The output of the oscillator 107 is also applied as an input to AND gates 121 and 122. In addition, the output of the missing pulse detector 119 is applied as an input to the AND gate 121 and 122. The AND gate 121 is connected and designed to pass a signal when there is an input from the oscillator 107 coincident with a negative signal from the missing pulse detector 119. That is, the AND gate 121 will not pass a signal unless the X sensing coil is at a low potential. For this reason the AND gate 121 is designated the X gate. That is, the X gate 121 passes a signal when there is not a high output signal from the sensing coil X. Conversely, the AND gate 122 is designated the X gate because it passes a signal when there is a high output signal from the X sensing coil. In a similar manner, the output of the missing pulse detector 120 is coupled to the AND gates 123 and 124. In addition, the output of the X gate 121 is applied as an input to the AND gate 123; and the output of the X gate is applied as an input to the AND gate 124. The connection of the output of the missing pulse detector 120 to the AND gates 123 and 124 is such that an output pulse will be passed through AND gate 123 when there is a negative potential at the output of missing pulse detector 120 and an output signal is applied from AND gate 121. In a similar manner, a pulse is passed through AND gate 124 when a positive pulse is applied from missing pulse detector 120 to AND gate 124 and concurrently, therewith, a signal is passed through AND gate 122. It will be seen that the AND gate 123 will pass a signal only when both the X and Y sensing coils have low output signals. For this reason the output gate 123 is designated the X Y gate. In a similar manner, AND gate 124 is designated the XY gate and it produces an output signal when both the X and Y sensing coils produce a high output signal.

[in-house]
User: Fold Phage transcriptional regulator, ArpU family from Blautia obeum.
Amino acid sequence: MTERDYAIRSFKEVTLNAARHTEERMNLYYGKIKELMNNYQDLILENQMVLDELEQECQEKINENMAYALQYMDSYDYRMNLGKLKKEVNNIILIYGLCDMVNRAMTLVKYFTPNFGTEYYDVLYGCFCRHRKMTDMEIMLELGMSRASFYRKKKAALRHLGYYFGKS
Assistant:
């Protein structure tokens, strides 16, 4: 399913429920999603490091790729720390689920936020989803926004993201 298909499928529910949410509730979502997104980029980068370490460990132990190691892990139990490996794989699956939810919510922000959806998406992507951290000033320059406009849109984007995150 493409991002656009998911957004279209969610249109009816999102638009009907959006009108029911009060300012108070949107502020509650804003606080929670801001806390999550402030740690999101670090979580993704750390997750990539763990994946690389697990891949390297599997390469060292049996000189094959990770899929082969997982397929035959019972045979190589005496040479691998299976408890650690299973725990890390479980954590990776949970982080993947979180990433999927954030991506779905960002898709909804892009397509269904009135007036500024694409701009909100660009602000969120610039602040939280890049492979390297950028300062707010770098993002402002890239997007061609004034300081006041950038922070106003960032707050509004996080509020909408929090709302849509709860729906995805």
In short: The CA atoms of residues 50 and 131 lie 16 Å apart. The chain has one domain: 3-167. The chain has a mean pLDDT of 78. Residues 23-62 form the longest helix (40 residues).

The output of the X Y AND gate 123 is applied to a missing pulse detector 126 and the output of the XY AND gate 124 is applied to a missing pulse detector 127. The missing pulse detectors 126 and 127 are similar to the missing pulse detectors 119 and 120 in that they produce a positive output when an input signal is present and a negative output when an input signal is absent. The outputs of the missing pulse detectors 126 and 127 are connected to the terminals of the transformer winding 128. In the normal course of events, with no train within the limits of the system as defined by the shorting bonds 103 and 104, the output potentials of the sensing coils X and Y will alternate between high and low value and in accordance with the system, as described, this will result in the output of the missing pulse detectors 126 and 127 alternating between +6 volts and -6 volts with one having a positive output while the other has a negative output. That is, while both sensing coils X and Y have low outputs, pulses will be passed through AND gates 121 and 123 to missing pulse detector 126 and the output of the missing pulse detector 126 will be at +6 volts. At the same time, no pulse will pass through AND gates 122 and 124, therefore, the output of missing pulse detector 127 will be at -6 volts. When the output potential of the X and Y sensing coils rise to their high value, the outputs of the missing pulse detectors 126 and 127 will be reversed. These reversals will take place at the frequency of the modulator 116. The result is that, in effect, an alternating current potential is applied to the transformer winding 128. Accordingly, a potential will be induced into transformer winding 129. It should be observed that the magnetic coupling between the transformer windings 128 and 129 constitutes a magnetic core that is magnetically saturated in response to a pulse of current in transformer winding 128. Accordingly, if successive pulses of current in the same direction are applied to transformer winding 128, no potential will be induced into transformer winding 129. However, each time the direction of current in the transformer winding 128 changes direction, the magnetic core will be saturated in the opposite direction and a pulse will be induced in transformer winding 129. Stated in different terms, this means that so long as the output potentials of the X and Y sensing coils alternate between high and low values a potential will be induced from transformer winding 128 and 129. But, if the output potential of either the X or Y, or both, sensing coils remains fixed, there will be no potential induced in transformer winding 129 from transformer winding 128. In order to make the square wave transformer function with an even greater margin of "fail-safe" safety factor and over wider ranges of voltage, temperature and other conditions, it might be convenient to separate the primary winding into two sections as more fully shown in FIG. 2.